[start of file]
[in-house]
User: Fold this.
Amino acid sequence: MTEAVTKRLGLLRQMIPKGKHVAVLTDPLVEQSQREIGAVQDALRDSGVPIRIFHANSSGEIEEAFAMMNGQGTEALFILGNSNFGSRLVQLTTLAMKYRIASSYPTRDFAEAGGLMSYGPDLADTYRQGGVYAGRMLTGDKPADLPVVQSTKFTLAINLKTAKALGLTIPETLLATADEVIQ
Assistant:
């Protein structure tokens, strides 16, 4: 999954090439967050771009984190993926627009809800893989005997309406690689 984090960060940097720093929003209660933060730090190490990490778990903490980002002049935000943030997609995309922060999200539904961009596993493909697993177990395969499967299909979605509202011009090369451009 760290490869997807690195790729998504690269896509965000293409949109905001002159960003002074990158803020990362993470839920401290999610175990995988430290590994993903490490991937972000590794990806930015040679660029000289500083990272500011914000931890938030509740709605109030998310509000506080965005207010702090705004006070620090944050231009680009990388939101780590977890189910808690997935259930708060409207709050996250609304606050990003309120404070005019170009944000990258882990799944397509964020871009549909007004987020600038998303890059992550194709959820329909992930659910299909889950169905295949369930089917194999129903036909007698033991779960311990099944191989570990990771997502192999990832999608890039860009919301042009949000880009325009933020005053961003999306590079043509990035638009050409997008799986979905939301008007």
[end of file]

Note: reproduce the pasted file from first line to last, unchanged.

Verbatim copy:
[in-house]
User: Fold this.
Amino acid sequence: MTEAVTKRLGLLRQMIPKGKHVAVLTDPLVEQSQREIGAVQDALRDSGVPIRIFHANSSGEIEEAFAMMNGQGTEALFILGNSNFGSRLVQLTTLAMKYRIASSYPTRDFAEAGGLMSYGPDLADTYRQGGVYAGRMLTGDKPADLPVVQSTKFTLAINLKTAKALGLTIPETLLATADEVIQ
Assistant:
């Protein structure tokens, strides 16, 4: 999954090439967050771009984190993926627009809800893989005997309406690689 984090960060940097720093929003209660933060730090190490990490778990903490980002002049935000943030997609995309922060999200539904961009596993493909697993177990395969499967299909979605509202011009090369451009 760290490869997807690195790729998504690269896509965000293409949109905001002159960003002074990158803020990362993470839920401290999610175990995988430290590994993903490490991937972000590794990806930015040679660029000289500083990272500011914000931890938030509740709605109030998310509000506080965005207010702090705004006070620090944050231009680009990388939101780590977890189910808690997935259930708060409207709050996250609304606050990003309120404070005019170009944000990258882990799944397509964020871009549909007004987020600038998303890059992550194709959820329909992930659910299909889950169905295949369930089917194999129903036909007698033991779960311990099944191989570990990771997502192999990832999608890039860009919301042009949000880009325009933020005053961003999306590079043509990035638009050409997008799986979905939301008007």